HuffPo Suggests Anti ObamaCare Doctors Will Harm Patients

September 2nd, 2009 6:22 PM

Coming on the heels of Obama suggesting that doctors cut off people's feet because it makes them more money than a prescription, an article by the Huffington Post "News Team" suggests that doctors who warn patients about the perils of socialized medicine may physically hurt them if they don't agree.

Eric Stein went to see his doctor in Los Angeles, Calif., for a routine ear-cleaning procedure last fall. He was alarmed to discover that his doctor was out of town, leaving him in the hands of the doctor's assistant, who, instead of using the usual vacuum device, was brandishing some kind of poker with "a protruding piece of metal like a wire" on one end...He mentioned that he didn't have insurance, and he made a negative remark about insurance companies. The assistant reacted strongly. "She said, 'Oh, well, you're lucky you don't live in Canada or Britain," and she mentioned the allegedly long wait times for treatment in those countries. Stein was taken aback but decided to keep his mouth shut. "I didn't want to have an argument with that needle next to my brain," he said.

Better get used to doctor's assistants, that may be your primary care provider under ObamaCabre. One of the tenets of the article was that doctors are giving out misleading information, citing an article from the liberal flagship St. Petersburg Times.  

Jim Heltsley, a 67-year-old retiree in Florida, said his chiropractor dumped him after he questioned an anti-reform flier in the waiting room. "I just ducked into his office and I set it down on his desk. I said, 'Dr. Mike, who put this out?' And he says, 'It's all true.' I said, 'No, those are myths, they've been debunked," said Heltsley.  Most of the items in the e-mail Moss was distributing have been deemed incorrect by reputable news organizations, Heltsley said.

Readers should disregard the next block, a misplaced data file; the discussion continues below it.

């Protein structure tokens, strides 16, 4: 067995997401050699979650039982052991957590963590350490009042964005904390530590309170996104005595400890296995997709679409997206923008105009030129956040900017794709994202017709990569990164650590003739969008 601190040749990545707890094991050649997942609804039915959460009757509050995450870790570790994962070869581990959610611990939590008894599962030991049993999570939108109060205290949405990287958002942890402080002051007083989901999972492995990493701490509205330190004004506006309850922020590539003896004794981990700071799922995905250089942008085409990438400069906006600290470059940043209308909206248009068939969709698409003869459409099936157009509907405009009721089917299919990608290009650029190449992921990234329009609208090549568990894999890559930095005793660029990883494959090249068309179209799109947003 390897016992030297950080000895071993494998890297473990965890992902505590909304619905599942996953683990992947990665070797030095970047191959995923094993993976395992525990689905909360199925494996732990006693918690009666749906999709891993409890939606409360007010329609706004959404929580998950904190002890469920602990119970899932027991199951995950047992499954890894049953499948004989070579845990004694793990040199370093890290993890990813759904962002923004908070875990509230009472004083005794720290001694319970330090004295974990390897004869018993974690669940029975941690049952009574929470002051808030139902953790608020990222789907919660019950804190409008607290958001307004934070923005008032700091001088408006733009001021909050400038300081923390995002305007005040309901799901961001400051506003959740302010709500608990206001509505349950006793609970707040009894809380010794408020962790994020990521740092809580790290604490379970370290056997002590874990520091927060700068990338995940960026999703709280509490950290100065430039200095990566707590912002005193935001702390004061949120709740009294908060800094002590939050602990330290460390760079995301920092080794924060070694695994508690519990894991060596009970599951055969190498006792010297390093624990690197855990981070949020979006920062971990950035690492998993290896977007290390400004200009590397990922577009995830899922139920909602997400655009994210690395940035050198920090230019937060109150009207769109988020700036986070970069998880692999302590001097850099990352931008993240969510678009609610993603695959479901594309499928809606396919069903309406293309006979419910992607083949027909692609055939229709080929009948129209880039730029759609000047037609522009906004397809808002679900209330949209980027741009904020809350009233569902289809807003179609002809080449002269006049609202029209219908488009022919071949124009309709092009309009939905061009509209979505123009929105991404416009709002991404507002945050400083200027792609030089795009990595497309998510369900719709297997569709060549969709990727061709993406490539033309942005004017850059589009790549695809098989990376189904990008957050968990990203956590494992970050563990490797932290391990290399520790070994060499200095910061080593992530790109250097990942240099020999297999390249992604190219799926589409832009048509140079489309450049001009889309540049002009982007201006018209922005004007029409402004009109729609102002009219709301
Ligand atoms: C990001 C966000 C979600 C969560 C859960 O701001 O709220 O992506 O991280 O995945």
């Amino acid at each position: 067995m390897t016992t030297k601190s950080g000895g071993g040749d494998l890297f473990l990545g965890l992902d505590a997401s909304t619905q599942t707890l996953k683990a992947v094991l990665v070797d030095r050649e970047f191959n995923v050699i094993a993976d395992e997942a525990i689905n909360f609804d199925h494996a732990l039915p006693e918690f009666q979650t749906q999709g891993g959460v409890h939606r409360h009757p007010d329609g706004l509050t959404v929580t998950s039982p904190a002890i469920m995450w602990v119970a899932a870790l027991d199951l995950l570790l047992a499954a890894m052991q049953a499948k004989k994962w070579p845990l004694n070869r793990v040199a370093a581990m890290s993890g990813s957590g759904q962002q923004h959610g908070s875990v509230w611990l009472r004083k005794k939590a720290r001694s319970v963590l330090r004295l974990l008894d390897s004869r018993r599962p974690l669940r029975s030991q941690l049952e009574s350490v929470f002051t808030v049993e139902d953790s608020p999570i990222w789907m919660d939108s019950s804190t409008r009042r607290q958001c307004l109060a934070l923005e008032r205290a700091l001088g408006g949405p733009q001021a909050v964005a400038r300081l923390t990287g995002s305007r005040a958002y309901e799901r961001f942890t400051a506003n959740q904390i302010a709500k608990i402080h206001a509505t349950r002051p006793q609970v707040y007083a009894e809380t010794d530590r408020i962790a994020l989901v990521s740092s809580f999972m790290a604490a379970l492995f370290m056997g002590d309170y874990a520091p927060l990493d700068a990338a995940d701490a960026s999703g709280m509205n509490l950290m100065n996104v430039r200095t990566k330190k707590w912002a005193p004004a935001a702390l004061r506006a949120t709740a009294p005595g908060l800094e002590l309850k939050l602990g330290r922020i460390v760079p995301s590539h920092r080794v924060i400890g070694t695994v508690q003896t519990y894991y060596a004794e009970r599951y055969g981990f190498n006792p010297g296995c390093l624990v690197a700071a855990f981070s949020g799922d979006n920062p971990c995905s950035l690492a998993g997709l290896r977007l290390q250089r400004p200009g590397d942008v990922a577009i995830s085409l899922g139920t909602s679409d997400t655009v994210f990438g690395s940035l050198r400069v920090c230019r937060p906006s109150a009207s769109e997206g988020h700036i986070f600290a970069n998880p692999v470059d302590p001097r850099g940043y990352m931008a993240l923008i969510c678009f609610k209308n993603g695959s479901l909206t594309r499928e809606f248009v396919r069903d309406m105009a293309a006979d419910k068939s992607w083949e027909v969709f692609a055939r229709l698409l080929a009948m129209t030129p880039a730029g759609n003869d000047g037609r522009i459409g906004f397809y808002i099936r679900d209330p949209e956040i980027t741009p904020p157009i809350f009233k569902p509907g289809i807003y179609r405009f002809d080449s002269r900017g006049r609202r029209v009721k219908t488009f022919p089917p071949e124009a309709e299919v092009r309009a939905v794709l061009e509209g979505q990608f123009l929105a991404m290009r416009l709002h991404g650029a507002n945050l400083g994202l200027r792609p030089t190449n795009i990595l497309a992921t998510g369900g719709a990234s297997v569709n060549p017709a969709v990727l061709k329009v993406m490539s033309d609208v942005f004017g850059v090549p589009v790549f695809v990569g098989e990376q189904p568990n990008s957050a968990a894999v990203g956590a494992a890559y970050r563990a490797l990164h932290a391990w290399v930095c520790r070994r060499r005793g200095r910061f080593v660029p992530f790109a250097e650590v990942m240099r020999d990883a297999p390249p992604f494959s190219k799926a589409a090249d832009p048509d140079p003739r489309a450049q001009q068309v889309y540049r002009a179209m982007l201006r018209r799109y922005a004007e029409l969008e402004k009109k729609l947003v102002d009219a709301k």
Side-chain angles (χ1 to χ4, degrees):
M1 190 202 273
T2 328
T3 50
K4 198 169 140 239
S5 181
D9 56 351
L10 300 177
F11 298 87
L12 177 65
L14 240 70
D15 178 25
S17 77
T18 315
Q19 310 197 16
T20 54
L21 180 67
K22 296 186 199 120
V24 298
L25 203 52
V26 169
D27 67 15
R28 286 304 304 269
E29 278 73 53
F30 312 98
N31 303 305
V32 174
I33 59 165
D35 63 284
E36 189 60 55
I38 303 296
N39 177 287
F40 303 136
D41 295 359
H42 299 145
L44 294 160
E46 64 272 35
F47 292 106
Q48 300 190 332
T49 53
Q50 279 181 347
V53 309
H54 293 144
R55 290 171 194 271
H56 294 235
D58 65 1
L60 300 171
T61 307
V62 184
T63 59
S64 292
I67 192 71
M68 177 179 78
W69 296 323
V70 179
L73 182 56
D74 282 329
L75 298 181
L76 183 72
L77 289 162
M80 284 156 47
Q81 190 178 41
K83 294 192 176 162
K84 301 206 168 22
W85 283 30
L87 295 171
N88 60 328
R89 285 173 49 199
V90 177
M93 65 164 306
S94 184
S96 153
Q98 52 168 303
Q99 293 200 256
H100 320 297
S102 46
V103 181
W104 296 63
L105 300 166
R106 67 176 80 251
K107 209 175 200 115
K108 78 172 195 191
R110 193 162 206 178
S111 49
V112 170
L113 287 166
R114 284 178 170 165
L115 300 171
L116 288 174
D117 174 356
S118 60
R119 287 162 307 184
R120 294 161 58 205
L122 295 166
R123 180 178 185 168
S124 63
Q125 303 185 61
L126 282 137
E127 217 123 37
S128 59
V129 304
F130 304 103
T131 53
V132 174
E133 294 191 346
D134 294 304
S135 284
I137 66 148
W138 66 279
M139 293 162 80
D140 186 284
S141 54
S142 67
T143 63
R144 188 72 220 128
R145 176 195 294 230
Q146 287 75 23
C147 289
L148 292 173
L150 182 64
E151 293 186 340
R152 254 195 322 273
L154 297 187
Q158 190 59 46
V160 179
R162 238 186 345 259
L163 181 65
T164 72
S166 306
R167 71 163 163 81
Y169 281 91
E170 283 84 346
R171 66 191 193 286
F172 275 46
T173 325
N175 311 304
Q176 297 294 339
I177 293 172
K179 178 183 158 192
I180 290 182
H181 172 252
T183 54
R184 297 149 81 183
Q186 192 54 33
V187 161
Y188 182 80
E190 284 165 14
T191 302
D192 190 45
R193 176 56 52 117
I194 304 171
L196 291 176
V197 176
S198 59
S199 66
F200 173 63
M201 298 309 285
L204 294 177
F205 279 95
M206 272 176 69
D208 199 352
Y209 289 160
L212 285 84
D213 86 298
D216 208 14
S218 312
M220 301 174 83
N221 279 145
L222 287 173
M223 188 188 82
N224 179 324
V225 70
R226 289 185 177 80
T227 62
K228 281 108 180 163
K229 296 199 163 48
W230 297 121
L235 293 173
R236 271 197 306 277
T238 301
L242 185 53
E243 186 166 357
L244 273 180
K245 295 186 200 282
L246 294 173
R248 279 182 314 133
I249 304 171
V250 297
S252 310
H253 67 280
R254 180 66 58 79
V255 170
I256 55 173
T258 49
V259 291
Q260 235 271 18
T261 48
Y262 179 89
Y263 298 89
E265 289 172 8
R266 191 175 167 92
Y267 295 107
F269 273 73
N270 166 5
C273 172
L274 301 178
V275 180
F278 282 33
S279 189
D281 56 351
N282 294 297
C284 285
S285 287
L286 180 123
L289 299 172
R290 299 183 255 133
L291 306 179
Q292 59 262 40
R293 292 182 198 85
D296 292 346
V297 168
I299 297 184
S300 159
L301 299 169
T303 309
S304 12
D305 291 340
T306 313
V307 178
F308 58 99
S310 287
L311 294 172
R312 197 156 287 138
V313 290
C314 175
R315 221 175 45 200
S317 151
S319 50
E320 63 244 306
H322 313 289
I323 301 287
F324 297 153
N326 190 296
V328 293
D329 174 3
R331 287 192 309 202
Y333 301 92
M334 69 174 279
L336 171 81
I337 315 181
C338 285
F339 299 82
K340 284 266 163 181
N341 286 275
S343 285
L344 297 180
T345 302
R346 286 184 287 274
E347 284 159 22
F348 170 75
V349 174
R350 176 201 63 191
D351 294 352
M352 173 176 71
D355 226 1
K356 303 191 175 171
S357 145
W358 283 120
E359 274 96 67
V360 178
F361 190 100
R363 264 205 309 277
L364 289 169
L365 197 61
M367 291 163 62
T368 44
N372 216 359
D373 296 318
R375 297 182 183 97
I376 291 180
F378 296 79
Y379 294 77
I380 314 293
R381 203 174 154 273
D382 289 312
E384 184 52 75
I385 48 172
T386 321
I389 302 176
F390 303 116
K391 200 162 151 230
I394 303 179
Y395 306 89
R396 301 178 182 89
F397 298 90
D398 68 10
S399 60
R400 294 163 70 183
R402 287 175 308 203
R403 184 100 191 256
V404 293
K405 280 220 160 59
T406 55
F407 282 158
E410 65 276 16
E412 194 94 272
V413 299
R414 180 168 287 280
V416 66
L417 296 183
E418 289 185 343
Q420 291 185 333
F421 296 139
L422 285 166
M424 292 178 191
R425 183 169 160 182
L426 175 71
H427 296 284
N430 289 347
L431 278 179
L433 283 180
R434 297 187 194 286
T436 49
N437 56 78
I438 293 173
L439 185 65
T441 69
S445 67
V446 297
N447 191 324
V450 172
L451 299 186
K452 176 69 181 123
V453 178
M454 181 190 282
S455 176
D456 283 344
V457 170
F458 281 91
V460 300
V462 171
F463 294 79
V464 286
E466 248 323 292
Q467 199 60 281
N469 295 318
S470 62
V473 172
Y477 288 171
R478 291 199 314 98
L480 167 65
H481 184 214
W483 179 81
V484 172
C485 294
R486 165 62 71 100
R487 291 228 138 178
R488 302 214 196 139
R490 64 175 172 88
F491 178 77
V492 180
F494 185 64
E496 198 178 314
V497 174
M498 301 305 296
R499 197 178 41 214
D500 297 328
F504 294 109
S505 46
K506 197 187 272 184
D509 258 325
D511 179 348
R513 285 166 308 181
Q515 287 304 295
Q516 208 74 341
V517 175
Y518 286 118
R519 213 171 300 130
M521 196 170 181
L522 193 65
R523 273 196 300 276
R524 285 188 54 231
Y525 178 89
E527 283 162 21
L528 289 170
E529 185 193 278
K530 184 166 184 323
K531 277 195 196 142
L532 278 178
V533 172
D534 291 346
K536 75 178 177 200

Reputable news organizations? You mean like The St. Petersburg Times who just lost a $10 million dollar lawsuit for perpetuating libelous statements about a doctor? And what kind of "myths" are the doctors pushing? One is that healthcare will be rationed. Will Huffington Post and The St. Pete Times go on record guarenteeing that healthcare will never be rationed? The average person is lucky right now to get 10 whole minutes with a real doctor. Maybe The St. Pete Times can explain how you can add 50 million people to the current system without cutting a single service people have now.

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